The pandemic has led to increased isolation and stress among children and teens, leading to higher rates of young people struggling with mental illnesses such as depression and substance use disorder – and those children can end up in ICUs if they attempt suicide, Rauch said.
“Five years ago, I could have handled this surge better because my beds weren’t filled with kids with behavioural health issues … There’s no psych beds for them. They’re just stuck in the hospitals,” he said. “So my capacity is actually much less than it seems, because I have all these kids with mental health issues that I can’t send anywhere else. It’s the storm of combined events that have made it very difficult to have access to inpatient care.”
While there is no vaccine for RSV, the US pharmaceutical company Pfizer has announced it will submit one for approval by the US Food and Drug Administration by the end of the year. The vaccine would be given to pregnant people who would then pass antibodies to their infants.
Janet Englund, a professor of paediatrics and an infectious disease specialist at Seattle Children’s Hospital, told Al Jazeera that her hospital was also contributing research towards the development of an RSV vaccine. “The vaccine may be available to elderly high-risk individuals by 2023 or 2024,” she said. Until then, Englund and other experts recommend wearing a mask or staying home when sick, in order to protect others and reduce strain on the healthcare system.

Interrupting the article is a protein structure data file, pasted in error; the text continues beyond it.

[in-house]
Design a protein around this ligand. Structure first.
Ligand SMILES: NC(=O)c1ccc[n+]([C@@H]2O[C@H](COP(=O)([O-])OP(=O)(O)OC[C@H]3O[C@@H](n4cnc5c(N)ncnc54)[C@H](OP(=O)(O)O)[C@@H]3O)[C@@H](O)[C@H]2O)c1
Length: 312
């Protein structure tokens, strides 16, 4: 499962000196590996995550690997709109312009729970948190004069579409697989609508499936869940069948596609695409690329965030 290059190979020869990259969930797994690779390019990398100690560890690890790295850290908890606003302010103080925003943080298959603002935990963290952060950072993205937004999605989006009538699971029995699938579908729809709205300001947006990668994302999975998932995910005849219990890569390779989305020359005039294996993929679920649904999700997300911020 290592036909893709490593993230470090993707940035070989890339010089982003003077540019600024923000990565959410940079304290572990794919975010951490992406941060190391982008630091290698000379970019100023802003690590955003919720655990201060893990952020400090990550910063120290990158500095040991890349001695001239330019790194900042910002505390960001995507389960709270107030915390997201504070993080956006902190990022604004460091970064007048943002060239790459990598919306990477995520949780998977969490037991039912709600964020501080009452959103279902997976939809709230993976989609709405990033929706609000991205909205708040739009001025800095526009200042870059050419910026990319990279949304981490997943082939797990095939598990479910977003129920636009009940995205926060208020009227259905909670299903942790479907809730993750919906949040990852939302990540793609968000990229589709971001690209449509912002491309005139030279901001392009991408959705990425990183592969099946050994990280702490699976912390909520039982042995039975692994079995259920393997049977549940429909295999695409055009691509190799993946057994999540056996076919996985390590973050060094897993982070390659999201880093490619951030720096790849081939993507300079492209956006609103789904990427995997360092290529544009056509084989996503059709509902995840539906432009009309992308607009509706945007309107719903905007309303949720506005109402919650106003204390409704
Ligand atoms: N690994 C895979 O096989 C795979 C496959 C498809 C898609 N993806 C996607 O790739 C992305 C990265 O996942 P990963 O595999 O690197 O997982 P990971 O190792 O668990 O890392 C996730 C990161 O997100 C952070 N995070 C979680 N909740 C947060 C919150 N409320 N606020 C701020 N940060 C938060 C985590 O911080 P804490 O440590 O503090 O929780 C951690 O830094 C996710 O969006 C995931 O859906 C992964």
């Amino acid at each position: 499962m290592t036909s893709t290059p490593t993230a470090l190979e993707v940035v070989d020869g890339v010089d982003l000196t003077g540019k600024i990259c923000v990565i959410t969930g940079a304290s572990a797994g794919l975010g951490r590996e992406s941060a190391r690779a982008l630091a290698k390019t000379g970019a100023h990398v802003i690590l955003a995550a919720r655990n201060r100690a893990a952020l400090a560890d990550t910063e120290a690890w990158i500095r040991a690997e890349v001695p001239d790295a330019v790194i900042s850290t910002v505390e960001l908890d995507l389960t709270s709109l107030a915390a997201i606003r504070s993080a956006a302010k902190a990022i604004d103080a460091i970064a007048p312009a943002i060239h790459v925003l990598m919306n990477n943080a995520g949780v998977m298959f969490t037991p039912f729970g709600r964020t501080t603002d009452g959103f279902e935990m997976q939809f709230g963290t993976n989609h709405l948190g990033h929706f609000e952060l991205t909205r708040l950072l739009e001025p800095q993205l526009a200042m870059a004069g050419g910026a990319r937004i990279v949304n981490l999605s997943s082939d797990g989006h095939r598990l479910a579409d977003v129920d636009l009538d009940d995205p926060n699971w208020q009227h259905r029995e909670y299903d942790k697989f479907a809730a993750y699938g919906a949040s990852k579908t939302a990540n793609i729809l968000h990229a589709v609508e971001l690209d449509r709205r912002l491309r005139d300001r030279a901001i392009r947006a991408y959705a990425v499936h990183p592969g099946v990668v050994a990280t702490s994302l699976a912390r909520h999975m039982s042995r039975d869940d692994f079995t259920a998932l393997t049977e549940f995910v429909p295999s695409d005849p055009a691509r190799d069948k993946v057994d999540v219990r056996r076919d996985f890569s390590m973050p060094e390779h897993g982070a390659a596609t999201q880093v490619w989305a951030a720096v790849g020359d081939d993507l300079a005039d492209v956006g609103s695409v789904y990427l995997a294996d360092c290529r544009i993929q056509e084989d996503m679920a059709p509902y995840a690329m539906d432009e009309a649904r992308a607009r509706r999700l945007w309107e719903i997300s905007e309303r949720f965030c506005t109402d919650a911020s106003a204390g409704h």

Sato says she constantly worries that she may admit one person too many, meaning she would have to deny a bed to an especially sick child. She also feels the moral distress of having to push her staff, “when all I want to do is support them – because as the charge nurse, I have to keep this flowing”.
She recommends that people wash their hands, postpone social gatherings if they feel sick, and wear masks.
“We’re not asking people to mask forever,” Sato said. “We’re just asking people to help the healthcare system stay afloat, and if they could just wear their masks through this winter, so that we don’t see a departure of burnt-out staff and see the whole system crumble.”